Iran Says Oil Deal With Europe Is Close
Posted September 29, 2018 11:12 p.m. EDT
Iran’s foreign minister, Mohammad Javad Zarif, said on Saturday that Tehran was closing in on an agreement to sell oil to European nations despite U.S. threats of sanctions against any countries that do business with Iran.
If the arrangement comes to fruition — some British and French officials say they have their doubts — it would constitute the most open break between President Donald Trump and European allies that objected vociferously to his decision to pull out of the 2015 nuclear deal.
Several of those nations openly confronted Trump on Wednesday, when he led a U.N. Security Council meeting about weapons of mass destruction. They argued that he was throwing away the best chance the world has to keep Iran from building nuclear weapons in coming years.
In an hourlong conversation with reporters, Zarif, who negotiated the nuclear accord with John Kerry, who was then the secretary of state, sounded far more optimistic than he had in recent months that he could peel away America’s traditional allies to break Trump’s effort to cut off Iran’s revenues.
Zarif is capitalizing on a renewed enthusiasm among some of the allies to push back at what they term bullying by Washington to sever ties with Iran simply because Trump decided to forsake the nuclear pact. All the other signatories to the agreement — Britain, China, France, Germany, Iran and Russia — have vowed to stand by it.
“No sovereign country or organization can accept that somebody else decides with whom you are allowed to do trade with,” Federica Mogherini, the European Union foreign policy chief, said this past week. She predicted that the financial arrangements could be in place before Trump issues the next set of sanctions in November, aimed at banks, businesses and countries that conduct business with Tehran.
At the core of the agreement that Iran and Europe are trying to forge is a mechanism for paying for Iran’s oil in barter and local currencies, rather than in U.S. dollars. The idea is to route transactions around the United States and prevent it from blocking financial transfers — and perhaps from identifying those involved in the transactions.
“This is for us to sell our oil and get the proceeds,” Zarif said, noting that under the U.N. resolutions passed once the 2015 agreement was reached, countries have the legal right to trade with Iran.
Trump administration officials argue that the agreement is deeply flawed because it does not permanently ban Iran from producing nuclear fuel — it is free to do so after 2030 — and does nothing to stop Iran’s missile exports, its activity in Syria and its support of terrorist groups.
Trump’s aides, led by Secretary of State Mike Pompeo, argue that the effort to route around U.S. sanctions will not work. Trump has threatened to bar companies engaged in buying Iranian oil, or other goods, from doing business in the United States. The threat has led companies to flee Tehran, sending Iran’s currency plummeting.
British and French officials say it is possible Trump will prevail, with European firms from Airbus to Total, the French oil giant, already canceling billions of dollars of investment in Iran in anticipation of the additional U.S. sanctions.
Two weeks ago, Brian Hook, the State Department envoy for Iran, said the United States was seeking “the new deal that we hope to be able to sign with Iran, and it will not be a personal agreement between two governments like the last one; we seek a treaty.”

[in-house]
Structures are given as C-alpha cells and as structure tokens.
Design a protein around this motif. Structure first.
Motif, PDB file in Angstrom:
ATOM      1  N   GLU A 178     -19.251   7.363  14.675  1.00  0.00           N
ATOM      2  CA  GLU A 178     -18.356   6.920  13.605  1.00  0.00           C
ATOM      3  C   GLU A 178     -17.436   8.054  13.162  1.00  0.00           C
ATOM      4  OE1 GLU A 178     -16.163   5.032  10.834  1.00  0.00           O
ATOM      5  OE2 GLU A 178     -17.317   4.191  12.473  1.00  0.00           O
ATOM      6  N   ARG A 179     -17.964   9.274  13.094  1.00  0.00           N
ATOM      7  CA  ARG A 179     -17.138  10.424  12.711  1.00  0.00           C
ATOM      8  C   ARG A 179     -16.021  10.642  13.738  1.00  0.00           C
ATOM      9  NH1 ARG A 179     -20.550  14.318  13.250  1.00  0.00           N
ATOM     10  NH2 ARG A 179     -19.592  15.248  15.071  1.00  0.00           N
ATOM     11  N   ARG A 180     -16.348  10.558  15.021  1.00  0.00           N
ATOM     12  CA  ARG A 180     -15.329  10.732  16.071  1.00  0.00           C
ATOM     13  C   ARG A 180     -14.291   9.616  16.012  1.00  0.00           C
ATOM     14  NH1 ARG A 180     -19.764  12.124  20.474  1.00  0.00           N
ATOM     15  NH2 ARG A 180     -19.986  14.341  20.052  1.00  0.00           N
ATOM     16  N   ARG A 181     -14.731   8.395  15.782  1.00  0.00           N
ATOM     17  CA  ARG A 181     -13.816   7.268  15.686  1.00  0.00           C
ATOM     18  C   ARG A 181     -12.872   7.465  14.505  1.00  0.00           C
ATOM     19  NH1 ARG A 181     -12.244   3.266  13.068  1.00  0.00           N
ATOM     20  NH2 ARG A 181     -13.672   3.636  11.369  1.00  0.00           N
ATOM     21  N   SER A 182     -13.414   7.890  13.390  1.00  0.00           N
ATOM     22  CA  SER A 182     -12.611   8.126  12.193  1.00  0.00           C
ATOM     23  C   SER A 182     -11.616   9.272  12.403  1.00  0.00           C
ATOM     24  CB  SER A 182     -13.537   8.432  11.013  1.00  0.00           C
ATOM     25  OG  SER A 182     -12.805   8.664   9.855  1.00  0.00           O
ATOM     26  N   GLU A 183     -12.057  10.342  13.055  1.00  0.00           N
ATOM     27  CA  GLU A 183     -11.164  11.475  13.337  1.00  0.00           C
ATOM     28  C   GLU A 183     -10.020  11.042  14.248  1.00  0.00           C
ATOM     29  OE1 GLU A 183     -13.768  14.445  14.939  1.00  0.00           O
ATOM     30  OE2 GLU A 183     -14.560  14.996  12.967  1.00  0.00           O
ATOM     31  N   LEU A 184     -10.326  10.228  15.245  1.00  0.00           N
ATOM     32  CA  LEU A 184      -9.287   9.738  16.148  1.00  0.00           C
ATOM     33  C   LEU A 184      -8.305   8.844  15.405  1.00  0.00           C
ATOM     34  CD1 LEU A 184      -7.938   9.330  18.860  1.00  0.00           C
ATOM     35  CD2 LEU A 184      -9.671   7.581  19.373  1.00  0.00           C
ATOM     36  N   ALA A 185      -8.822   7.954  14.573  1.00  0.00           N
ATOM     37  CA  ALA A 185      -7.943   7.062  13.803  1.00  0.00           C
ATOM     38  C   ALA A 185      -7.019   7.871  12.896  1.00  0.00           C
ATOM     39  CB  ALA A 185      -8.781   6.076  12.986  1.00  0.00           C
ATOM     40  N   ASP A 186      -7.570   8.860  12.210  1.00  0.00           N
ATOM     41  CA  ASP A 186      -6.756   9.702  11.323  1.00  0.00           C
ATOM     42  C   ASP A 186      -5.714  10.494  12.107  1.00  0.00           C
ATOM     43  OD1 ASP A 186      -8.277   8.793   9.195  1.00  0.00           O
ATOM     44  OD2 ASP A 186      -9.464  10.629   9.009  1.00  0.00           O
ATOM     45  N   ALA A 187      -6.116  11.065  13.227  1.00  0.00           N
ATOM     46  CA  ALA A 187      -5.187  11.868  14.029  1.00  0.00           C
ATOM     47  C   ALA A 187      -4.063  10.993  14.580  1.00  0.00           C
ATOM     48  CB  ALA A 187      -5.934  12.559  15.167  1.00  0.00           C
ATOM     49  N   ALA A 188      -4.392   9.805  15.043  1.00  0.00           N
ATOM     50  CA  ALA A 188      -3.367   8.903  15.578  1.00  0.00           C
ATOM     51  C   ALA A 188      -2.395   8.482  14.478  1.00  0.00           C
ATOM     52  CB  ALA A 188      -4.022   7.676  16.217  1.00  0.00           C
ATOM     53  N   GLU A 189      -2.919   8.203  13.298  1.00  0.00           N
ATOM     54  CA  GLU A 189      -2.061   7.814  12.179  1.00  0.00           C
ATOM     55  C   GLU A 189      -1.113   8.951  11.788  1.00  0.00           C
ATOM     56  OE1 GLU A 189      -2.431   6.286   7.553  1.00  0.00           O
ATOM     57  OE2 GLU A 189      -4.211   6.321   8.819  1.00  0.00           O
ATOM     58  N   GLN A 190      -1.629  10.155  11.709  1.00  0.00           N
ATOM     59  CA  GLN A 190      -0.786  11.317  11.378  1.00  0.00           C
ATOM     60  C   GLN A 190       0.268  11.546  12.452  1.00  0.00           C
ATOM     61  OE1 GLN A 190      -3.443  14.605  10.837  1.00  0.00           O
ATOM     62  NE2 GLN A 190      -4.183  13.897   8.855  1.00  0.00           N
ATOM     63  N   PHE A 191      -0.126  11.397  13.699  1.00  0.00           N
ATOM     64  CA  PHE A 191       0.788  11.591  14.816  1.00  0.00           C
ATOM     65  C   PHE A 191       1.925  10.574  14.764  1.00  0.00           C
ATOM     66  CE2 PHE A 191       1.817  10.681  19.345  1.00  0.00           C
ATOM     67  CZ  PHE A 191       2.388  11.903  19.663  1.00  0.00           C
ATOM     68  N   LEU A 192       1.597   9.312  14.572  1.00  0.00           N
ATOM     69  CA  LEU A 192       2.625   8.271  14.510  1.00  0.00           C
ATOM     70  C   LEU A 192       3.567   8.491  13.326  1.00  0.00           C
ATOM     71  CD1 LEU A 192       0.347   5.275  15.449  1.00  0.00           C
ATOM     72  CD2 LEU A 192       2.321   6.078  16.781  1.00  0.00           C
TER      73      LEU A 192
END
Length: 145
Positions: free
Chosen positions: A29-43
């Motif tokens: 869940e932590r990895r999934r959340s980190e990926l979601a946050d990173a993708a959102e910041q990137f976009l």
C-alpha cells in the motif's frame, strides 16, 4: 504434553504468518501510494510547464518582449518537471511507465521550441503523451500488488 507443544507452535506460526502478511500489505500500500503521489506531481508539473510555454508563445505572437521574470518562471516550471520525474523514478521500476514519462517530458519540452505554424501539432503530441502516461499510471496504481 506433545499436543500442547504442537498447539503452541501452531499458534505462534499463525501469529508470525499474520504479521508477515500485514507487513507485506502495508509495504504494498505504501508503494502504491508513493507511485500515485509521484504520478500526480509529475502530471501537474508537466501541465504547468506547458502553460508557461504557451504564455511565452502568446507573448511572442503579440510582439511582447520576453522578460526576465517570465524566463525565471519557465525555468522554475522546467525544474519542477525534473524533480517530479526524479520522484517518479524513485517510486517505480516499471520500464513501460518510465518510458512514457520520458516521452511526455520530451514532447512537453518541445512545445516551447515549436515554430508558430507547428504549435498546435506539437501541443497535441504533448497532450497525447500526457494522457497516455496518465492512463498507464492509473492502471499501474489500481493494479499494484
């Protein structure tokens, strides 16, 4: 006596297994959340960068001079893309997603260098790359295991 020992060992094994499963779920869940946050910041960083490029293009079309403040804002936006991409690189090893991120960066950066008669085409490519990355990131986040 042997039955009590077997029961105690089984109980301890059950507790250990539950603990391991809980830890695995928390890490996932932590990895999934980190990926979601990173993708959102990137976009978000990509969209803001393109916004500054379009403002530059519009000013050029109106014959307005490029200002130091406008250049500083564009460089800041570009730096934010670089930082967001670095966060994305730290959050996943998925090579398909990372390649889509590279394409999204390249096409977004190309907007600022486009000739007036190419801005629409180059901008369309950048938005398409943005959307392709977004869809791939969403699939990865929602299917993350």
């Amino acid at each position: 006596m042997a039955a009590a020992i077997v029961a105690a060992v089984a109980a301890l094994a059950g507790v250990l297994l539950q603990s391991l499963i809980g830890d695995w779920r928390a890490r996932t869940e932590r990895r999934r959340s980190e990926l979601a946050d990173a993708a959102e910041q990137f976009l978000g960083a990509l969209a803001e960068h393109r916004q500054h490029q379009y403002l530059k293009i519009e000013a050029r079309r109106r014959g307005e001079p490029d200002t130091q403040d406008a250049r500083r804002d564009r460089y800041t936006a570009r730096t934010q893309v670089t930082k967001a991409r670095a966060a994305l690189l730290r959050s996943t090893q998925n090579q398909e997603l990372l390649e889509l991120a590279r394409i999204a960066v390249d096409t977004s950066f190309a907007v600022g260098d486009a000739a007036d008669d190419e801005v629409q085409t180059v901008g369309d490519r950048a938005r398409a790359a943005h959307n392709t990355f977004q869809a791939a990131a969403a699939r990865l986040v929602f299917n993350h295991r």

Zarif, who is U.S.-educated and has a deep interest in the workings of U.S. politics, seemed on Saturday to have no interest in such a deal. He conceded that Trump may win the opening rounds of what has essentially become a litmus test of whether countries will follow the president’s confrontational approach.
He and the country’s president, Hassan Rouhani, have said that Trump is trying to bait them into violating the accord, setting the stage for a resumption of the long-running crisis that the 2015 deal was supposed to de-escalate.
“You are just another country,” he said at one point. “Just act as a normal country.” Pompeo has said essentially the same about Iran.
Zarif was dismissive of Trump’s escalating verbal attacks on Iran’s missile sales and its support of Hezbollah, Hamas and the Syrian government of Bashar Assad. He laughed when asked whether the United States could bring down the current Iranian government with mounting financial pressure — a regime-change strategy that Rudy Giuliani, a lawyer for Trump, recently said was the real goal. (The State Department denied Giuliani’s characterization.)
Nor did Zarif expect the United States to attack key Iranian facilities, he said.
“If the U.S. believed it would have succeeded in such an attack, it would have done so already,” he said. (In fact, the United States has mounted an attack, using computer code to destroy Iranian centrifuges at the end of the Bush administration and in the first years of the Obama administration.) Asked about his recent conversations with Kerry, whom Trump and Pompeo have accused of undermining U.S. foreign policy, Zarif said the messages were simple.
“What he has done is encourage us to stay in the deal,” he said. As for the threats by Trump to investigate Kerry, he said: “I didn’t realize you still had witch hunts going on in the United States” — a nod to one of Trump’s favorite phrases about the Russia investigation.
On the subject of claims by the Israeli prime minister, Benjamin Netanyahu, on Thursday that Iran had hidden nuclear-related components in a warehouse in Tehran, Zarif said he believed that it was a cleaning facility for Persian rugs. But he would not commit to letting inspectors from the International Atomic Energy Agency visit.